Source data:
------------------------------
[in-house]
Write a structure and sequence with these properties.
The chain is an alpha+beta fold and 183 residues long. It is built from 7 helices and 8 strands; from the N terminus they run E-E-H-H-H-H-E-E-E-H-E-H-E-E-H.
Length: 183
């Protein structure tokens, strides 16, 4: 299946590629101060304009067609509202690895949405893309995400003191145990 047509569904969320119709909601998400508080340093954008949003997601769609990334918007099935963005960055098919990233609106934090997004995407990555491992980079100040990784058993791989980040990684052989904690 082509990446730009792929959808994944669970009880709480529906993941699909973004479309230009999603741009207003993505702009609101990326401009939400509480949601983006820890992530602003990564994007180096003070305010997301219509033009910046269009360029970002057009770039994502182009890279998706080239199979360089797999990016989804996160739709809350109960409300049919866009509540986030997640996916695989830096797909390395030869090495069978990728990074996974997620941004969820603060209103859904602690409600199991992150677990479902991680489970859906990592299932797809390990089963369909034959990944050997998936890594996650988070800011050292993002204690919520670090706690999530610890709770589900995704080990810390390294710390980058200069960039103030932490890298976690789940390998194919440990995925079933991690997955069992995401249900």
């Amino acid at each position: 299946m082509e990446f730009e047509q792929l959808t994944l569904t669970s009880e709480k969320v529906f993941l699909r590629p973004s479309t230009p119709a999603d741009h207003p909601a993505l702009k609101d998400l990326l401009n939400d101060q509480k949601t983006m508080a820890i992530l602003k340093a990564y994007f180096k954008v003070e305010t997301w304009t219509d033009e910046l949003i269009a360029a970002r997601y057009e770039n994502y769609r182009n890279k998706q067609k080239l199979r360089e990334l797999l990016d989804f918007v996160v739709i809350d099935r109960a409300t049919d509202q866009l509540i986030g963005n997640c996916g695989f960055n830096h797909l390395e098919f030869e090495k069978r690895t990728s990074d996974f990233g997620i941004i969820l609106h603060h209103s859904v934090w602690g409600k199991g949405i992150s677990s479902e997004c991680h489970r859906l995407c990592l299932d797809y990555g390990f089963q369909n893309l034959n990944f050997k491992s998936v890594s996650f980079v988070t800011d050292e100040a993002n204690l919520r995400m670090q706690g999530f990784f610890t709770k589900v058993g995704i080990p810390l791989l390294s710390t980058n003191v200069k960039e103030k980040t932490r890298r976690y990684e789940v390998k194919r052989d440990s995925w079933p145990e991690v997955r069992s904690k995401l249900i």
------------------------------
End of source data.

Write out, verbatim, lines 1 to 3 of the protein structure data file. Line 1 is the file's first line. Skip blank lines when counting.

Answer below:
[in-house]
Write a structure and sequence with these properties.
The chain is an alpha+beta fold and 183 residues long. It is built from 7 helices and 8 strands; from the N terminus they run E-E-H-H-H-H-E-E-E-H-E-H-E-E-H.